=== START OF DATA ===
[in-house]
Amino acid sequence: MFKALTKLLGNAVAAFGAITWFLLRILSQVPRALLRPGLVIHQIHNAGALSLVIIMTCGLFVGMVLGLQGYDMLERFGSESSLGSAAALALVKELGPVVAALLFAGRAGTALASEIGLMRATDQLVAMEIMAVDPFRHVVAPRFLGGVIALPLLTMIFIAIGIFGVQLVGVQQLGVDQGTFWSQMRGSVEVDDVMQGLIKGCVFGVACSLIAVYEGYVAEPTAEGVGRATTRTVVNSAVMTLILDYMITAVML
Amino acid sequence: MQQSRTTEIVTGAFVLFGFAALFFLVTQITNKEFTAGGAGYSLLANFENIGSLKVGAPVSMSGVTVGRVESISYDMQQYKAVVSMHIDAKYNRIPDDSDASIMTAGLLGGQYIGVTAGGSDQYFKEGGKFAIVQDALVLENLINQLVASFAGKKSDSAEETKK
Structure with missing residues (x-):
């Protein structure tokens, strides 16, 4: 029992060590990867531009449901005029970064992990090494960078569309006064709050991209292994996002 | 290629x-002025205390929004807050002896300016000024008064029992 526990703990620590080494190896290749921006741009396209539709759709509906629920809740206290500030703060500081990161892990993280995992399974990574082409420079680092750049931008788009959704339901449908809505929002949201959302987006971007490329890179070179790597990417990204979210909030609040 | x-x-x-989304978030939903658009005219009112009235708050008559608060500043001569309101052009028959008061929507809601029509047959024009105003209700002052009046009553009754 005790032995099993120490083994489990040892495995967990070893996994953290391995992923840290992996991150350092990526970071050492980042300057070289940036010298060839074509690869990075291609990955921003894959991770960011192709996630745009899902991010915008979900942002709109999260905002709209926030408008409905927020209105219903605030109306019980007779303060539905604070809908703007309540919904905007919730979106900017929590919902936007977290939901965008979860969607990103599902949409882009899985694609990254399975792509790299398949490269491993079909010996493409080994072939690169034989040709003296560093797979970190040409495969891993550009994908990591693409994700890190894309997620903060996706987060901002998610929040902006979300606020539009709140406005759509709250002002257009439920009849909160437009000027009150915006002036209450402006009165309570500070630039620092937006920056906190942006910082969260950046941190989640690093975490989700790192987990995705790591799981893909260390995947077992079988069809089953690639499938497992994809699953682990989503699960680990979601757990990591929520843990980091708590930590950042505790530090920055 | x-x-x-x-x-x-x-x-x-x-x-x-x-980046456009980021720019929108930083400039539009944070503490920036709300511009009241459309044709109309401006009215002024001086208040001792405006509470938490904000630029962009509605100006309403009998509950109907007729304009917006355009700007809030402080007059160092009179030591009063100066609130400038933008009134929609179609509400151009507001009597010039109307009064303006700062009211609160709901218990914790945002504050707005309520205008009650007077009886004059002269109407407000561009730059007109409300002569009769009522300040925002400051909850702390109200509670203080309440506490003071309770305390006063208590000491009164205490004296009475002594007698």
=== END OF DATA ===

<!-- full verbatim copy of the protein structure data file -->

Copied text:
[in-house]
Amino acid sequence: MFKALTKLLGNAVAAFGAITWFLLRILSQVPRALLRPGLVIHQIHNAGALSLVIIMTCGLFVGMVLGLQGYDMLERFGSESSLGSAAALALVKELGPVVAALLFAGRAGTALASEIGLMRATDQLVAMEIMAVDPFRHVVAPRFLGGVIALPLLTMIFIAIGIFGVQLVGVQQLGVDQGTFWSQMRGSVEVDDVMQGLIKGCVFGVACSLIAVYEGYVAEPTAEGVGRATTRTVVNSAVMTLILDYMITAVML
Amino acid sequence: MQQSRTTEIVTGAFVLFGFAALFFLVTQITNKEFTAGGAGYSLLANFENIGSLKVGAPVSMSGVTVGRVESISYDMQQYKAVVSMHIDAKYNRIPDDSDASIMTAGLLGGQYIGVTAGGSDQYFKEGGKFAIVQDALVLENLINQLVASFAGKKSDSAEETKK
Structure with missing residues (x-):
């Protein structure tokens, strides 16, 4: 029992060590990867531009449901005029970064992990090494960078569309006064709050991209292994996002 | 290629x-002025205390929004807050002896300016000024008064029992 526990703990620590080494190896290749921006741009396209539709759709509906629920809740206290500030703060500081990161892990993280995992399974990574082409420079680092750049931008788009959704339901449908809505929002949201959302987006971007490329890179070179790597990417990204979210909030609040 | x-x-x-989304978030939903658009005219009112009235708050008559608060500043001569309101052009028959008061929507809601029509047959024009105003209700002052009046009553009754 005790032995099993120490083994489990040892495995967990070893996994953290391995992923840290992996991150350092990526970071050492980042300057070289940036010298060839074509690869990075291609990955921003894959991770960011192709996630745009899902991010915008979900942002709109999260905002709209926030408008409905927020209105219903605030109306019980007779303060539905604070809908703007309540919904905007919730979106900017929590919902936007977290939901965008979860969607990103599902949409882009899985694609990254399975792509790299398949490269491993079909010996493409080994072939690169034989040709003296560093797979970190040409495969891993550009994908990591693409994700890190894309997620903060996706987060901002998610929040902006979300606020539009709140406005759509709250002002257009439920009849909160437009000027009150915006002036209450402006009165309570500070630039620092937006920056906190942006910082969260950046941190989640690093975490989700790192987990995705790591799981893909260390995947077992079988069809089953690639499938497992994809699953682990989503699960680990979601757990990591929520843990980091708590930590950042505790530090920055 | x-x-x-x-x-x-x-x-x-x-x-x-x-980046456009980021720019929108930083400039539009944070503490920036709300511009009241459309044709109309401006009215002024001086208040001792405006509470938490904000630029962009509605100006309403009998509950109907007729304009917006355009700007809030402080007059160092009179030591009063100066609130400038933008009134929609179609509400151009507001009597010039109307009064303006700062009211609160709901218990914790945002504050707005309520205008009650007077009886004059002269109407407000561009730059007109409300002569009769009522300040925002400051909850702390109200509670203080309440506490003071309770305390006063208590000491009164205490004296009475002594007698």